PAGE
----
This interactive one-day course will provide you with the knowledge and skills you need when managing TUPE transfers. It will cover recognising when TUPE applies; and how you can manage an efficient and effective transfer in a sensitive way. We will start the day by looking at the legal framework and in detail at which employees transfer and what transfers with them. We will consider the practical implications TUPE has on a business during and following a transfer and explore the communication and consultation necessary to ensure a smooth transition.
By the end of this Managing TUPE Transfers workshop delegates will be able to:
• Describe the legal framework provided by TUPE and set out the practical implications for employers and affected employees
• Identify the key milestones involved in a transfer of service to which TUPE applies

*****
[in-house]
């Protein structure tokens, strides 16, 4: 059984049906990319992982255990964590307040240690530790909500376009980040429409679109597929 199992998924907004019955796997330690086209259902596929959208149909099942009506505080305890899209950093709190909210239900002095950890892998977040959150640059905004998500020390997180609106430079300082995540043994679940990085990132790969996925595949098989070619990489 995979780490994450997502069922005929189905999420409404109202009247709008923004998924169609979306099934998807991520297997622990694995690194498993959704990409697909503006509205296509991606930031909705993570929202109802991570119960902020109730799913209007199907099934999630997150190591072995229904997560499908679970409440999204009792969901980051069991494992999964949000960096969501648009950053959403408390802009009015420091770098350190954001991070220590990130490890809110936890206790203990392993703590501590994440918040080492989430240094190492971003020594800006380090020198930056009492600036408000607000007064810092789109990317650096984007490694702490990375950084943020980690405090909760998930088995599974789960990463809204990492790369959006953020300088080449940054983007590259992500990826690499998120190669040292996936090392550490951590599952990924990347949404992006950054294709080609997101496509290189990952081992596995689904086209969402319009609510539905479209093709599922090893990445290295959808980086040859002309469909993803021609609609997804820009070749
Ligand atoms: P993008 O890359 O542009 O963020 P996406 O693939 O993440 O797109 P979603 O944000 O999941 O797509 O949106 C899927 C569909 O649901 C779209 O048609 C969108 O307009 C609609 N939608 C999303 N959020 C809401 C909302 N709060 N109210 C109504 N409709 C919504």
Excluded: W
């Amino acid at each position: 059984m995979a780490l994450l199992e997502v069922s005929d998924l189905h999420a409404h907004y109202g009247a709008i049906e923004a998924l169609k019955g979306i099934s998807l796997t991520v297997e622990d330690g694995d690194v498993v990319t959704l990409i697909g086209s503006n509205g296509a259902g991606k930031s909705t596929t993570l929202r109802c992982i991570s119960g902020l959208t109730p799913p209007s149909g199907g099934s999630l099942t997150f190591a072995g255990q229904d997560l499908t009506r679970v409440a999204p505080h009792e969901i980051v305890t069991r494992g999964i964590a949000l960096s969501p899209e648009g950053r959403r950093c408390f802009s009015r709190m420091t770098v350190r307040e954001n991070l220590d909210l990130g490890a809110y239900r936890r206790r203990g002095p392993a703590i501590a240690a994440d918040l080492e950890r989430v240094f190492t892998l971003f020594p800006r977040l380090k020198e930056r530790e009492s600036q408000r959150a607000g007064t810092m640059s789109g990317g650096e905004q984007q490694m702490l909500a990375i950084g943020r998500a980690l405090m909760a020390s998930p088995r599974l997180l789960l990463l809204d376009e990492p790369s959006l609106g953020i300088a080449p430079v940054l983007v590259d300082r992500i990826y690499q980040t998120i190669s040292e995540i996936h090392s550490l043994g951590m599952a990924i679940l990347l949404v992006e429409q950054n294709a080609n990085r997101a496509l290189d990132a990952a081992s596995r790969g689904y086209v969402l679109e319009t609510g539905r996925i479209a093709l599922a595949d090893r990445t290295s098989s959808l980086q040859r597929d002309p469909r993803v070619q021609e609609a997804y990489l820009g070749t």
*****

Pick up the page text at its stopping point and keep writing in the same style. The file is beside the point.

• Show an understanding of the requirements for informing and consulting
• Plan for the management of a project by identifying the key milestones, risks and stakeholders
The Business Case for TUPE
• When does TUPE apply?
The Legal Framework
• What TUPE is looking to achieve and how does it do it?
• The obligations of the transferor and transferee
• Who and what transfers?
• ‘Affected’ and ‘transferring’ employees
• When employees don’t want to transfer
• When employees think something different applies to them
• When changes are needed
• Roles, number of people and locations
• Completing and supplying due diligence and ‘employee liability information’
The commercial context
• The potential to negotiate
• Indemnities and warranties
• Future planning – planning for exit from a contract in an outsourcing situation
Walking in the transferee’s shoes
• Engaging with the employees
• Going through the change curve
• What will the employees want to know?
Information and consultation
• What information needs to be supplied?
• Timeframes for information and consultation
• What are ‘measures’ and how to consult about them
• The role of the employee representative in TUPE
• Electing representatives and engaging with recognised trade unions
• Planning a consultation process
Avoiding getting it wrong
• Avoiding the ‘common mistakes’